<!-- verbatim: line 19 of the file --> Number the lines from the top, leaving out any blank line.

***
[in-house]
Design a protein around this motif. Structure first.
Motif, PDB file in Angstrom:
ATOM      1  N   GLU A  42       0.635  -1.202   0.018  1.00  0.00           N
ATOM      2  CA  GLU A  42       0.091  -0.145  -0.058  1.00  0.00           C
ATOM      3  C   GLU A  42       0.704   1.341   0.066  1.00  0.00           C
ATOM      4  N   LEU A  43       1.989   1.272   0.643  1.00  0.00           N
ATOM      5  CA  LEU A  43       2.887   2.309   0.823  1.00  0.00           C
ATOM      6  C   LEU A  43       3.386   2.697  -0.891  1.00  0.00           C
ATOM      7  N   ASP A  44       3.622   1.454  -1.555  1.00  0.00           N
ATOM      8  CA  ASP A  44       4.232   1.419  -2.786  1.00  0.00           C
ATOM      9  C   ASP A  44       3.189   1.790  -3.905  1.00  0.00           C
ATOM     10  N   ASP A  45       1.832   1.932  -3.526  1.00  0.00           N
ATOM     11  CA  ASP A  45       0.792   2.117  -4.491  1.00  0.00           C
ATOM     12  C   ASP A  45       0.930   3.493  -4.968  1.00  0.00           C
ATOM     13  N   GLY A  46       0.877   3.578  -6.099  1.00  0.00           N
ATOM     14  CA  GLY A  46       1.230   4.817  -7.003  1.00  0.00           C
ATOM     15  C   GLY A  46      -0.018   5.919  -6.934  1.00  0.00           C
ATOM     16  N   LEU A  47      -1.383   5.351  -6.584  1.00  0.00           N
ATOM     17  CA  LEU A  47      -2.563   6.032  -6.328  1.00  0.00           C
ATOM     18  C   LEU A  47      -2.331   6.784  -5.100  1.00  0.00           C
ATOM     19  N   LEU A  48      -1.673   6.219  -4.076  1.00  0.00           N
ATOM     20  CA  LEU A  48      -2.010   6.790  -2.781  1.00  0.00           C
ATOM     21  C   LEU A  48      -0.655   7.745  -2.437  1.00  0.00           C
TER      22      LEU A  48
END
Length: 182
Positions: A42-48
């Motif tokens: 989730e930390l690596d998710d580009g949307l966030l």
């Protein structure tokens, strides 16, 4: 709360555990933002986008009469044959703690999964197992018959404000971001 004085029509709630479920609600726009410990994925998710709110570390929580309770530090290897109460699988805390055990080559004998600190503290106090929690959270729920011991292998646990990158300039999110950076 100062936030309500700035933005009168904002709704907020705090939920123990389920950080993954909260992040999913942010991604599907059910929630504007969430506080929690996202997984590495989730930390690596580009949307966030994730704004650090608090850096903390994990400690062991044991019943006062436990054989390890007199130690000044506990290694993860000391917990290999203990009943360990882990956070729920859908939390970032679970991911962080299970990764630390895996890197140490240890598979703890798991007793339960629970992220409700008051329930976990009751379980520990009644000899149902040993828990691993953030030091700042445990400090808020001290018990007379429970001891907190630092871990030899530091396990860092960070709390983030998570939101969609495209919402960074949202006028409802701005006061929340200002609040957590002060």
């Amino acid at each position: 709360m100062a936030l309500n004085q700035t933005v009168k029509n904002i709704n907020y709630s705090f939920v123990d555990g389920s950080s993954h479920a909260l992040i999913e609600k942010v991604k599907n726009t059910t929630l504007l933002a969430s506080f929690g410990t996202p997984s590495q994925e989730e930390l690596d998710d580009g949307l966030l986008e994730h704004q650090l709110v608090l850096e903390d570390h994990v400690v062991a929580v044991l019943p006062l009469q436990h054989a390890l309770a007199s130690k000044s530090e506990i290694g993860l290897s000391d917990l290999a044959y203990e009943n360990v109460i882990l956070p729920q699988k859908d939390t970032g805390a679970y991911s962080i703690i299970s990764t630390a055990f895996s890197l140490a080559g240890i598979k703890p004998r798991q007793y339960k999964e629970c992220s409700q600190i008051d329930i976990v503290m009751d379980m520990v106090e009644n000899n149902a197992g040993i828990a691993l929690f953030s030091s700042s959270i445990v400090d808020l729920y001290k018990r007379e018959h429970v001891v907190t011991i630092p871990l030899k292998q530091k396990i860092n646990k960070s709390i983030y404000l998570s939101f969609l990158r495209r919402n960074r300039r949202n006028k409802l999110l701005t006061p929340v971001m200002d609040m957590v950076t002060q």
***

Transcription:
ATOM     16  N   LEU A  47      -1.383   5.351  -6.584  1.00  0.00           N